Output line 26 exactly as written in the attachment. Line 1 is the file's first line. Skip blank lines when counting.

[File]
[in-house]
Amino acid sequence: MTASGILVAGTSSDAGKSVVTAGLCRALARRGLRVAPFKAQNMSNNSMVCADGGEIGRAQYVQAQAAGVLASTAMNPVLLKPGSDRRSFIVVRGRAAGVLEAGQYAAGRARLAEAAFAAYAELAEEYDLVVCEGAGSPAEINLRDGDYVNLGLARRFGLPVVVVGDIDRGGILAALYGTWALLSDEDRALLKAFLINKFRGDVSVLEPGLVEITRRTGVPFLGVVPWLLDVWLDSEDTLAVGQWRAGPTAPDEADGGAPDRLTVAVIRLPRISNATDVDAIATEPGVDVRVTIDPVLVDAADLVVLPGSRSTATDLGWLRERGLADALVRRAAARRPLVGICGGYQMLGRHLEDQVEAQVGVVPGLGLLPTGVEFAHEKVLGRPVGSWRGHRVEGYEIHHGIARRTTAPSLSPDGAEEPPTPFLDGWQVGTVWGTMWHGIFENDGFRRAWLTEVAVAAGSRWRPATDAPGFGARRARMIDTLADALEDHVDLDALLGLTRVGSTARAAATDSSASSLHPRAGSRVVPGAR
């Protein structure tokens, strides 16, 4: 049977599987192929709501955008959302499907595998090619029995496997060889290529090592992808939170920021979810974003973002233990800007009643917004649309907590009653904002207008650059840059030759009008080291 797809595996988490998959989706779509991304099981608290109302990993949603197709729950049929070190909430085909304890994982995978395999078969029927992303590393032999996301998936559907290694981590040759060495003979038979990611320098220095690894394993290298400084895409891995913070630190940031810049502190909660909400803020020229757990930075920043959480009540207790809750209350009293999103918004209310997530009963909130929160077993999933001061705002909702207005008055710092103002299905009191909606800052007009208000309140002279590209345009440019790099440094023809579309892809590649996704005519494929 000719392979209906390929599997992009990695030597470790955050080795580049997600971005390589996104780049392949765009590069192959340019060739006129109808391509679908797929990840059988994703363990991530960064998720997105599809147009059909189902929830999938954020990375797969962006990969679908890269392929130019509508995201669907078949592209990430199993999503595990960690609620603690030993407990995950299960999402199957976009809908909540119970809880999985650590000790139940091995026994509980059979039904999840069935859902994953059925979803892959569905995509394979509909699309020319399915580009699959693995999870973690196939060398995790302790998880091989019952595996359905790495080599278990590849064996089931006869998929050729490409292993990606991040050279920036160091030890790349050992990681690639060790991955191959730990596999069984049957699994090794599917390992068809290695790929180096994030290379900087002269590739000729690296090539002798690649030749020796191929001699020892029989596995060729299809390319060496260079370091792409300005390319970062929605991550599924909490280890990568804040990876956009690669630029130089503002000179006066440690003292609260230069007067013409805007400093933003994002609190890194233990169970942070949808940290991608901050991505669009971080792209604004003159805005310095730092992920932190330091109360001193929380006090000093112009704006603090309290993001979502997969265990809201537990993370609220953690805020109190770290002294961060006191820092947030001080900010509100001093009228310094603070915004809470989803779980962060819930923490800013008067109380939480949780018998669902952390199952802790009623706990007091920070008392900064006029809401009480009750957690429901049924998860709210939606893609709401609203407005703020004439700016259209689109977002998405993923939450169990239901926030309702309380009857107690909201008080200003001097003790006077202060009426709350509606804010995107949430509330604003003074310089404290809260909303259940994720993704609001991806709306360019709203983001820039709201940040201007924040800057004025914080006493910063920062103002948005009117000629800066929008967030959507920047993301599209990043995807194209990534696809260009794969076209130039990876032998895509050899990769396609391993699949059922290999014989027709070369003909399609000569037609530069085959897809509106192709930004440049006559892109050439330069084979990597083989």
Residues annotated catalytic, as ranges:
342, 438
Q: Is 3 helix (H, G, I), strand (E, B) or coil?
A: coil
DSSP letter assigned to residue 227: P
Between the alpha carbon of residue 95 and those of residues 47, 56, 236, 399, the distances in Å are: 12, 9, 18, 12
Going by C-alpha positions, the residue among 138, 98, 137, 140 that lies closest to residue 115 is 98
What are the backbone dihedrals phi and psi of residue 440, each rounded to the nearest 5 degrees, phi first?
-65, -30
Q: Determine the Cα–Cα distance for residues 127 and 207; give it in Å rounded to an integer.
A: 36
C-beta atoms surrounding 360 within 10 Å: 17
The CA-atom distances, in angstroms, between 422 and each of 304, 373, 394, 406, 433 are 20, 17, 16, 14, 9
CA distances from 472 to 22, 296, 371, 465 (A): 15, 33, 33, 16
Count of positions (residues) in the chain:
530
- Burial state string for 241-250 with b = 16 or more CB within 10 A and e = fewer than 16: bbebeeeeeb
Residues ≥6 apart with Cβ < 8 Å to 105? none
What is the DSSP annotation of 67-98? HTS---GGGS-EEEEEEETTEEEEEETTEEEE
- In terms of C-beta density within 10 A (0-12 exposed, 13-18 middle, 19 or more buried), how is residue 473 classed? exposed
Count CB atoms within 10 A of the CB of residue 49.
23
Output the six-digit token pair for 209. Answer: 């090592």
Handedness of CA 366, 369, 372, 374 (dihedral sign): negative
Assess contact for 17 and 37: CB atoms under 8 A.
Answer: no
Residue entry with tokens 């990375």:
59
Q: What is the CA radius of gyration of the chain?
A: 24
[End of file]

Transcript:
Output the six-digit token pair for 209. Answer: 């090592």